A day after Staffan de Mistura's meetings in Gaziantep, Turkey, one rebel chief said he was awaiting a "written proposal from the UN, with all the details, before announcing a decision".
De Mistura's spokeswoman, Juliette Touma, said the envoy had found his six meetings "with representatives of the most important armed and unarmed groups from Aleppo to be constructive".
De Mistura announced his plan for a "freeze" in fighting in late October, following a series of failed international efforts to negotiate an end to Syria's conflict which erupted in March 2011.
He has since said Aleppo is a "good candidate" for the bid.
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Aleppo has been divided between regime control in the west and rebel control in the east since mid-2012.
De Mistura's initiative does not include "all the required mechanisms and guarantees", said Qais Sheikh, head of the Revolutionary Command Council (RCC), a coalition of several dozen moderate and Islamist opposition groups.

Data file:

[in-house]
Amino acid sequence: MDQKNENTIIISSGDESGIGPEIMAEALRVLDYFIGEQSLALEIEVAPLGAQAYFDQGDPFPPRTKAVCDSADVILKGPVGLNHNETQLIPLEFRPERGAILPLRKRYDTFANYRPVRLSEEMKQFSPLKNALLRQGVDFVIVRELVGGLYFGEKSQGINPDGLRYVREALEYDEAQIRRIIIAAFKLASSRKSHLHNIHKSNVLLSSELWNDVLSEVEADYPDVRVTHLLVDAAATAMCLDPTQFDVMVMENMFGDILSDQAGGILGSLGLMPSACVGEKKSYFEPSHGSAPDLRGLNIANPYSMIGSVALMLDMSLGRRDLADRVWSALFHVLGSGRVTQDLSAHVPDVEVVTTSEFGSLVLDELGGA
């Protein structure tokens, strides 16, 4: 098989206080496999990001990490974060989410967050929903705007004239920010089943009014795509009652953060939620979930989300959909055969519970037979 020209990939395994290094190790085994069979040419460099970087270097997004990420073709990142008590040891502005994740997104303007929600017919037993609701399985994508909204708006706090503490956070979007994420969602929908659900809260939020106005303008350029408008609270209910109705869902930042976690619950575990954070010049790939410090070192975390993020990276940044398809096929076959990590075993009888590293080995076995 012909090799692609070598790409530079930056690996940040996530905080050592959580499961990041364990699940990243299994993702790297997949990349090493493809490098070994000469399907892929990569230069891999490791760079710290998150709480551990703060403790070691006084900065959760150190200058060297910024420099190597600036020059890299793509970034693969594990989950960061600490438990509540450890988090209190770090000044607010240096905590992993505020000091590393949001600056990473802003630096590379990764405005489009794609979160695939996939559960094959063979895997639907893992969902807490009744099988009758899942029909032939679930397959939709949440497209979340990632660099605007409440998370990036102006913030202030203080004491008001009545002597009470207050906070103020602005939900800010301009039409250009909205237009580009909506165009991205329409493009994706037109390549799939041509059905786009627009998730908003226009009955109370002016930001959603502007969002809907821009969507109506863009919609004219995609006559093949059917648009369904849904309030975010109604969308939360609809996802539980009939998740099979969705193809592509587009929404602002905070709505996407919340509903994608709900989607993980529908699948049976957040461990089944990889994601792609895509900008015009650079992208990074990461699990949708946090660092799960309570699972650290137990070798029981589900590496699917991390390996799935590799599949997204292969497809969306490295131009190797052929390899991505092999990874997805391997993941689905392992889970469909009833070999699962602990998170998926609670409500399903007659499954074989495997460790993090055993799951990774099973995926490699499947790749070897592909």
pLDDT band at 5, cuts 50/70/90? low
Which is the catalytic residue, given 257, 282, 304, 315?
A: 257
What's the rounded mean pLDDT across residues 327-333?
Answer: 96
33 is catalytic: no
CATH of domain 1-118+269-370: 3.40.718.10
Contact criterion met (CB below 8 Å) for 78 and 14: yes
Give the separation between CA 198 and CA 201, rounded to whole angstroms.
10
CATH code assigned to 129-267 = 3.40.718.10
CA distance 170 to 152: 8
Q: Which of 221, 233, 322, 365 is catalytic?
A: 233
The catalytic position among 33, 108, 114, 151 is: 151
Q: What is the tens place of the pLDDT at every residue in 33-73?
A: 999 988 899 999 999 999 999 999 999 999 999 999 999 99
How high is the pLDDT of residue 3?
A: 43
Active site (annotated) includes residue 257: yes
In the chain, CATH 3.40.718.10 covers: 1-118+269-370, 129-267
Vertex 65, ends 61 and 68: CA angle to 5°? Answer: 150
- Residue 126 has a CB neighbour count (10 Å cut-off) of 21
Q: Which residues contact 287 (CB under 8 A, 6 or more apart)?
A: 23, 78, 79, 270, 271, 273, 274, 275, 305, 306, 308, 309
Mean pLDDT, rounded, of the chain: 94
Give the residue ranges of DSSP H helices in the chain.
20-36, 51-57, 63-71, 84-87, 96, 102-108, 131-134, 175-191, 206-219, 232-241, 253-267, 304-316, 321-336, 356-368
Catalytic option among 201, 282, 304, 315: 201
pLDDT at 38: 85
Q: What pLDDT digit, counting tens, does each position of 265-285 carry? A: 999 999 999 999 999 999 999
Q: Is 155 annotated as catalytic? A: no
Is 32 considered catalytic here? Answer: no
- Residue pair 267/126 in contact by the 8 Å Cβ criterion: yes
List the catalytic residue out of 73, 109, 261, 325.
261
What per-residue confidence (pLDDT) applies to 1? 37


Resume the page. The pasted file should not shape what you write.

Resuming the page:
The envoy "has built his plan on a series of convictions that are different from ours," said Sheikh, one of the leaders who met with de Mistura.
"So we asked him for a written plan that includes all the details so that we can discuss it in the RCC and with our allies in the opposition," he told AFP.
The Syrian government, for its part, has responded with "constructive interest" to the Aleppo plan, de Mistura said last month after talks in Damascus with President Bashar al-Assad.
De Mistura's deputy, Ramzi Ezzedine Ramzi, is to visit Damascus at the end of this week for further discussions on the plan.